Estimates suggest that 350 million nets would be needed to achieve universal usage. "Right now, the shortfall is around 150 million," says Kline. "A mosquito net costs just £5 including both purchase price and transporation. Children under five and pregnant women are most at risk. The goal is that by the end of this year everyone susceptible to malaria will have access to a net."

Life and Style
life
Voices
The Ukip leader has consistently refused to be drawn on where he would mount an attempt to secure a parliamentary seat
voicesNigel Farage: Those who predicted we would lose momentum heading into the 2015 election are going to have to think again
News
Joan Rivers has reportedly been hospitalised after she stopped breathing during surgery
people81-year-old 'stopped breathing' during vocal chord surgery
Life and Style
Chen Mao recovers in BK Hospital, Seoul
health
PROMOTED VIDEO
Have you tried new the Independent Digital Edition apps?
News
ebooksAn evocation of the conflict through the eyes of those who lived through it
Life and Style
One in six drivers cannot identify a single one of the main components found under the bonnet of an average car
motoringOne in six drivers can't carry out basic under-bonnet checks
News
news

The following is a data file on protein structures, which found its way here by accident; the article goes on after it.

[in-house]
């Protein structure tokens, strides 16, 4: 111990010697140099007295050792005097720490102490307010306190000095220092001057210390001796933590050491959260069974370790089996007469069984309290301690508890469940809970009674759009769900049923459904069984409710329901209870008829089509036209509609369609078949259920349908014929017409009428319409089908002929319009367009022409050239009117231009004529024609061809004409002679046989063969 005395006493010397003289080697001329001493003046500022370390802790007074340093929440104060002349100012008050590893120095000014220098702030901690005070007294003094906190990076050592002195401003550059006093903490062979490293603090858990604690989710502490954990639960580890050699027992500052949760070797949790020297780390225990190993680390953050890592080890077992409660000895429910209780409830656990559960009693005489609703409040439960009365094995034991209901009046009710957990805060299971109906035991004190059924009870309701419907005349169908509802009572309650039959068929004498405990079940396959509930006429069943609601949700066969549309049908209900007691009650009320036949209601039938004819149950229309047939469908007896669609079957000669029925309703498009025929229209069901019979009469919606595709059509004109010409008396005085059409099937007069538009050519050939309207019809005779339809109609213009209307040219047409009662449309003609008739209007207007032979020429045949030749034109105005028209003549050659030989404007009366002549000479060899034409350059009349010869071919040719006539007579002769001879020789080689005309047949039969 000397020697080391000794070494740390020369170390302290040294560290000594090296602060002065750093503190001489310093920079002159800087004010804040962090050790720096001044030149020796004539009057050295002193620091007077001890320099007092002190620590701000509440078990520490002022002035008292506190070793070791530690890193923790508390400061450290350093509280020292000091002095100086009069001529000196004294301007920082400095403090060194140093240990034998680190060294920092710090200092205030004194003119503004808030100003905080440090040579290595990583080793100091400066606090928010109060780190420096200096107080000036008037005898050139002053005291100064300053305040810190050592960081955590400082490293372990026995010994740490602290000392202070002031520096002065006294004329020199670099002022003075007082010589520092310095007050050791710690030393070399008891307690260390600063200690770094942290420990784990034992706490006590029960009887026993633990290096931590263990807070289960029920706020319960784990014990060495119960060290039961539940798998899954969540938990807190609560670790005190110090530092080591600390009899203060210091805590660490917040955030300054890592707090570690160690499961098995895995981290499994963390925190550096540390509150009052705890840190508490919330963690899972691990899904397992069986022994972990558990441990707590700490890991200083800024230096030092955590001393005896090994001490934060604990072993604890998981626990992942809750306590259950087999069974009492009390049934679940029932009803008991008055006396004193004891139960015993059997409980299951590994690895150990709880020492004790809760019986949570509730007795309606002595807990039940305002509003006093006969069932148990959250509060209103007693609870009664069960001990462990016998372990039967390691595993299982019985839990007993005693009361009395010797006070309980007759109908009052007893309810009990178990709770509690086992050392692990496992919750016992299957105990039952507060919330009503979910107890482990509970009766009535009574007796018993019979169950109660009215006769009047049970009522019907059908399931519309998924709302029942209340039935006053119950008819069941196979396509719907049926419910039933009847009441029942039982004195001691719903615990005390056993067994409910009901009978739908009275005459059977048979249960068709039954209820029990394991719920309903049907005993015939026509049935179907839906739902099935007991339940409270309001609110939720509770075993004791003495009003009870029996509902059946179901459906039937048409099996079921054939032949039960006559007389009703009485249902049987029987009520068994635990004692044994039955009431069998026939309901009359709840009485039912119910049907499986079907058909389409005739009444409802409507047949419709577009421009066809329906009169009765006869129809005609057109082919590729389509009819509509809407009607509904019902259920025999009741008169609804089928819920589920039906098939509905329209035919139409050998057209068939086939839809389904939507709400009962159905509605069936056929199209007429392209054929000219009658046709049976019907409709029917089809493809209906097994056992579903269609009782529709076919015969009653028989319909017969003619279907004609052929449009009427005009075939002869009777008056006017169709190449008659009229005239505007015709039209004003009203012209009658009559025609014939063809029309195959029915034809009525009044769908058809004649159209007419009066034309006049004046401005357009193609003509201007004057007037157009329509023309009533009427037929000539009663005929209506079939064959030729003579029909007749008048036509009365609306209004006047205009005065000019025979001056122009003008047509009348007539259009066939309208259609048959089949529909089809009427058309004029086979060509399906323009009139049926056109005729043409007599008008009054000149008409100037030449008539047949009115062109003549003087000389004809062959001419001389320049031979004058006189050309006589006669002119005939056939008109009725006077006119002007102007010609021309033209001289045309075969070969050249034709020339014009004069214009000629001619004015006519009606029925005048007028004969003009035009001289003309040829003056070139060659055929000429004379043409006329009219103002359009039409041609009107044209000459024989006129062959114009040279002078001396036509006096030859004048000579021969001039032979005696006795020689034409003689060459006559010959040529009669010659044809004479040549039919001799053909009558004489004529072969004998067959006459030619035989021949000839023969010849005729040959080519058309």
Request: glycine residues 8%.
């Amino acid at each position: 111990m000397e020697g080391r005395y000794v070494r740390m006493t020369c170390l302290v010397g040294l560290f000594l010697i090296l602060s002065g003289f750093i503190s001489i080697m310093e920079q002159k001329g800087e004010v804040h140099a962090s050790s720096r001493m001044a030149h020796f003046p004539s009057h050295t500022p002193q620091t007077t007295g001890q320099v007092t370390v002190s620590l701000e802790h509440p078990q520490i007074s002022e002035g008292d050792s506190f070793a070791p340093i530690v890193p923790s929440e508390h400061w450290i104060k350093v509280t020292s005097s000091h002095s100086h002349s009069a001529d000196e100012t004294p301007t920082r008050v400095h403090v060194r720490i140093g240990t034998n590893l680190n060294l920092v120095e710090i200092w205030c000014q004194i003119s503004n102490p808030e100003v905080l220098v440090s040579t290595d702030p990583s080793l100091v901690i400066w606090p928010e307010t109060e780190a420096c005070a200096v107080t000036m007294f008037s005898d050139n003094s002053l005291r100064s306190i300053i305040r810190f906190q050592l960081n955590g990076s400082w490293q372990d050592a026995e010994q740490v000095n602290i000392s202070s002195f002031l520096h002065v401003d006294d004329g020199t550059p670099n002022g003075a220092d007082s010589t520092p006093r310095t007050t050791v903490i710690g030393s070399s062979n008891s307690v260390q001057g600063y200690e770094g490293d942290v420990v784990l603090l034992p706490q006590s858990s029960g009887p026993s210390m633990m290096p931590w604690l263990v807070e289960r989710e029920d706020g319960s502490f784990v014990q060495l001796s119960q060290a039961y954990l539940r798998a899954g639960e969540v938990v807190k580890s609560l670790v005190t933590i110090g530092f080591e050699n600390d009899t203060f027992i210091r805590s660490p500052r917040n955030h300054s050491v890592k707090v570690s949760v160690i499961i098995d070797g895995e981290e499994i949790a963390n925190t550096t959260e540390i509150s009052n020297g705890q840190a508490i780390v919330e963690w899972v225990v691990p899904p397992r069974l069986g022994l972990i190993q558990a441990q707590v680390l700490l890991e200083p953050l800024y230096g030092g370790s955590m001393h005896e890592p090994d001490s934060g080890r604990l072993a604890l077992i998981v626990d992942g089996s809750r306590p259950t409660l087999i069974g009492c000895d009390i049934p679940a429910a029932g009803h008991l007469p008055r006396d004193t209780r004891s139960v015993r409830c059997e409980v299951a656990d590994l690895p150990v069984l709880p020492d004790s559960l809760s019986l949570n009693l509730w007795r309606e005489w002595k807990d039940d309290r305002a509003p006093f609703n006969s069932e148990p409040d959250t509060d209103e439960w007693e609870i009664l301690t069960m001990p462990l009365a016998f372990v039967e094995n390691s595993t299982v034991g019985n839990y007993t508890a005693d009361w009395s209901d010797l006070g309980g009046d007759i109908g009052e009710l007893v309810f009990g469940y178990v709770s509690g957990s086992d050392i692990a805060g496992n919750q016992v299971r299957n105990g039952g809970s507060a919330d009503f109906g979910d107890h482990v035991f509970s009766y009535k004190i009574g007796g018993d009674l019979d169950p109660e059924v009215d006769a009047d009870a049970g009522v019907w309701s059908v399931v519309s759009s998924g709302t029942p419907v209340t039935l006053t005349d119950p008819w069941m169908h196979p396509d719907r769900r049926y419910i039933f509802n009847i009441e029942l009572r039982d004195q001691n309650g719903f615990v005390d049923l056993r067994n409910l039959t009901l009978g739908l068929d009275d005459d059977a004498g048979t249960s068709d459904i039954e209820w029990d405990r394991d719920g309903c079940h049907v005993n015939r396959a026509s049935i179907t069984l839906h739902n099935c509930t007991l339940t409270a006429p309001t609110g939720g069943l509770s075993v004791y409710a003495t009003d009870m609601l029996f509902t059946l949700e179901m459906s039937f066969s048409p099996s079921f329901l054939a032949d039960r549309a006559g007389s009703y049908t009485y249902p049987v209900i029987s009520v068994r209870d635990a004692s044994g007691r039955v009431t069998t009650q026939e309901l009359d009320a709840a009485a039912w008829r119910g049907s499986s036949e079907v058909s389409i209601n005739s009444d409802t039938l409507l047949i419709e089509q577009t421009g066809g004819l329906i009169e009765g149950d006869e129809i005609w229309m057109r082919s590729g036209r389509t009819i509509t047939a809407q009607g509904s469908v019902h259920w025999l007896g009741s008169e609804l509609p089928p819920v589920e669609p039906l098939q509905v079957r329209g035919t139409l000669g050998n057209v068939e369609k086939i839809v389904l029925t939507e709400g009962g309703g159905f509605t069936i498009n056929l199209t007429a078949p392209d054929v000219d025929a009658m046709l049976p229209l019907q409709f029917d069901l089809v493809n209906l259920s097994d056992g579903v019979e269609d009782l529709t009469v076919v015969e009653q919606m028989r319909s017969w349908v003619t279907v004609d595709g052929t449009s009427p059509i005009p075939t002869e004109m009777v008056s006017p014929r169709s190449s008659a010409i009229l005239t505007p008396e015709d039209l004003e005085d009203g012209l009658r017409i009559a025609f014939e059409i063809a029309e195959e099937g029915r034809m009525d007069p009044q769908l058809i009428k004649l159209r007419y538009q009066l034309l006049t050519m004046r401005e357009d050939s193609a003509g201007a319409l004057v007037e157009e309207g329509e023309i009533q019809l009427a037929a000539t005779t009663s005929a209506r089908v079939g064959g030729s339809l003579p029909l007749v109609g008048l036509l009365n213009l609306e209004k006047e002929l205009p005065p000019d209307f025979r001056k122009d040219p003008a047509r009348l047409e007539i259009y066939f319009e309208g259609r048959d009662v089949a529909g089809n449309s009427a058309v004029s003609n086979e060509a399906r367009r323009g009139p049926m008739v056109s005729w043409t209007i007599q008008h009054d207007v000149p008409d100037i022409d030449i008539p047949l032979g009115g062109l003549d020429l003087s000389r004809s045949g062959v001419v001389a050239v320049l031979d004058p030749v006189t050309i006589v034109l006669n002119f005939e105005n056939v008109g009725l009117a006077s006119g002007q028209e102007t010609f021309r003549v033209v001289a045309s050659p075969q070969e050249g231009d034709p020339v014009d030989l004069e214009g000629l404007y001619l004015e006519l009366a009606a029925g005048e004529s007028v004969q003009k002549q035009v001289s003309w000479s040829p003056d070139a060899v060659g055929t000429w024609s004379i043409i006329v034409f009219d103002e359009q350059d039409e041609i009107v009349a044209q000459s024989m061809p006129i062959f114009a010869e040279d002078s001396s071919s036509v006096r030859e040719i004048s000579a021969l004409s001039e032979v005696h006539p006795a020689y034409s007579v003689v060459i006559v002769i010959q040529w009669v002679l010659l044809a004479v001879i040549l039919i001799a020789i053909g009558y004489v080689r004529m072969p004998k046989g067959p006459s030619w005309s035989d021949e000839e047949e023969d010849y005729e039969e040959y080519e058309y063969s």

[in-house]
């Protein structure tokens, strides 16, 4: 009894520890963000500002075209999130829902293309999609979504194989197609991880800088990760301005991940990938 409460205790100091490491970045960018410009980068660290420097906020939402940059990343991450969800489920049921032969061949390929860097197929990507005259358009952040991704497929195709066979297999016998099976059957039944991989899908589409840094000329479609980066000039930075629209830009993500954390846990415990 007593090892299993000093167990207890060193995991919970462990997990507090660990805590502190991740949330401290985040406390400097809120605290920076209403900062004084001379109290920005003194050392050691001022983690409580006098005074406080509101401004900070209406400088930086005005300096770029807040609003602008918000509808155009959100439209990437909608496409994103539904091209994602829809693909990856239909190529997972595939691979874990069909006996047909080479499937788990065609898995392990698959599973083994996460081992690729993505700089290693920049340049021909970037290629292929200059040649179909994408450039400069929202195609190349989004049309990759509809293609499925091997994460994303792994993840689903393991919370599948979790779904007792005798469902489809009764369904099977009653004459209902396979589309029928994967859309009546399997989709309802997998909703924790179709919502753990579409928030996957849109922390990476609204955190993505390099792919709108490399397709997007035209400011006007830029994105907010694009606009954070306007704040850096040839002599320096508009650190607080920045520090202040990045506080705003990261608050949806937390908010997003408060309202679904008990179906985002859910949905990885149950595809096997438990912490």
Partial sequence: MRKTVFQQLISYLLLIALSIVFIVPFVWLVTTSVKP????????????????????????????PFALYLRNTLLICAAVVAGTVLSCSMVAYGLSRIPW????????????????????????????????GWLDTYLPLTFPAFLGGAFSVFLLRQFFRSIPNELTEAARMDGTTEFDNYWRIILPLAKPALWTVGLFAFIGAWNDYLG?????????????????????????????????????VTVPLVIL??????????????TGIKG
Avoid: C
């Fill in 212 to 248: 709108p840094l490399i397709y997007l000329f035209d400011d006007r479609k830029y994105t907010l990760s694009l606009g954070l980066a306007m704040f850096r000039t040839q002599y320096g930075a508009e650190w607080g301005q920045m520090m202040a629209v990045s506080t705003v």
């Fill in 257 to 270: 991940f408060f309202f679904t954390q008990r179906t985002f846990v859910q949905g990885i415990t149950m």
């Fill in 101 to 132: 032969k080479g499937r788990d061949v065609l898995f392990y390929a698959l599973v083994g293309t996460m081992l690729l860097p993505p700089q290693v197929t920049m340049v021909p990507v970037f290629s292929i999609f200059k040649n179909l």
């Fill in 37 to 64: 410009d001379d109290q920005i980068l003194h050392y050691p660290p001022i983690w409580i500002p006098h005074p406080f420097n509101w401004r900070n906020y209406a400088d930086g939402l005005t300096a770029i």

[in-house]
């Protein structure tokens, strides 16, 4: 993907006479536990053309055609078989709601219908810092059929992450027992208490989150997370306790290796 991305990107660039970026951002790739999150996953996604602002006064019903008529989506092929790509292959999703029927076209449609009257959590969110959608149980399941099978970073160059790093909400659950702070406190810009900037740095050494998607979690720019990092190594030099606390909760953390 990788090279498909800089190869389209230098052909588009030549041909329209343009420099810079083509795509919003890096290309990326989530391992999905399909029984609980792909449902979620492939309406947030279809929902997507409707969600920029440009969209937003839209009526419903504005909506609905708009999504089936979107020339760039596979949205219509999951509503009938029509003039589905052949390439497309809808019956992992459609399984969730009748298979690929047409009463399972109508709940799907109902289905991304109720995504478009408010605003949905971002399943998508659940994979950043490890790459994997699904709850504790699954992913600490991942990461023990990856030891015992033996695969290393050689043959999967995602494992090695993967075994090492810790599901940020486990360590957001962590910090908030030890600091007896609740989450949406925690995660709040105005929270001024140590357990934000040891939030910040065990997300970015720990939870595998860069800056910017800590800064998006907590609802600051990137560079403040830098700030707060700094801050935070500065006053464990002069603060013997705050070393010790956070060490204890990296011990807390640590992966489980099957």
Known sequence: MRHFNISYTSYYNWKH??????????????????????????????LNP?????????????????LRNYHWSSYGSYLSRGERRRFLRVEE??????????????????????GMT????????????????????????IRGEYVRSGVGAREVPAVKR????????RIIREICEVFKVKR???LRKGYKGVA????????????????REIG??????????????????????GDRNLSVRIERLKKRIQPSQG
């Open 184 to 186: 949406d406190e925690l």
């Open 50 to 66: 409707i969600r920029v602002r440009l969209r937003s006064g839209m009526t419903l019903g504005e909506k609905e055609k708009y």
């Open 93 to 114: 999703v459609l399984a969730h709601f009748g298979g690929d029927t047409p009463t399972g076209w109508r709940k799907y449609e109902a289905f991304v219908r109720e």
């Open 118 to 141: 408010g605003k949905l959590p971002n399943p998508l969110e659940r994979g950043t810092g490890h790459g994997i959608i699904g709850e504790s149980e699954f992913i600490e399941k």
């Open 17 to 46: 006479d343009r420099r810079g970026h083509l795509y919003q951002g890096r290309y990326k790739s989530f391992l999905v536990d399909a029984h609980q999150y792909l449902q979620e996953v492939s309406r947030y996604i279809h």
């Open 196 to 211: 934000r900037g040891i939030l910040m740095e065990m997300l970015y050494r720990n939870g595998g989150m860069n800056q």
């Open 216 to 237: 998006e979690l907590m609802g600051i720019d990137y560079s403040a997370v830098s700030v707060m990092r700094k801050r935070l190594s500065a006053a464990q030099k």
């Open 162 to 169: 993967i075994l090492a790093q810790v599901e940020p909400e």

Environment
Fungi pose the biggest threat globally and in the UK, where they threaten the country’s wheat and potato harvests
environmentCrop pests are 'grave threat to global food security'
News
i100
Voices
Pupils educated at schools like Eton (pictured) are far more likely to succeed in politics and the judiciary, the report found
voices
Arts and Entertainment
Simon Cowell is less than impressed with the Strictly/X Factor scheduling clash
tvSimon Cowell blasts BBC for breaking 'gentlemen's agreement' in scheduling war
Arts and Entertainment
Shady character: Jon Hamm as sports agent JB Bernstein in Million Dollar Arm
filmReview: Jon Hamm finally finds the right role on the big screen in Million Dollar Arm
News
Orson Welles made Citizen Kane at 25, and battled with Hollywood film studios thereafter
people
News
Brad Pitt and Angelina Jolie reportedly married in secret on Saturday
peopleSpokesperson for couple confirms they tied the knot on Saturday after almost a decade together
Sport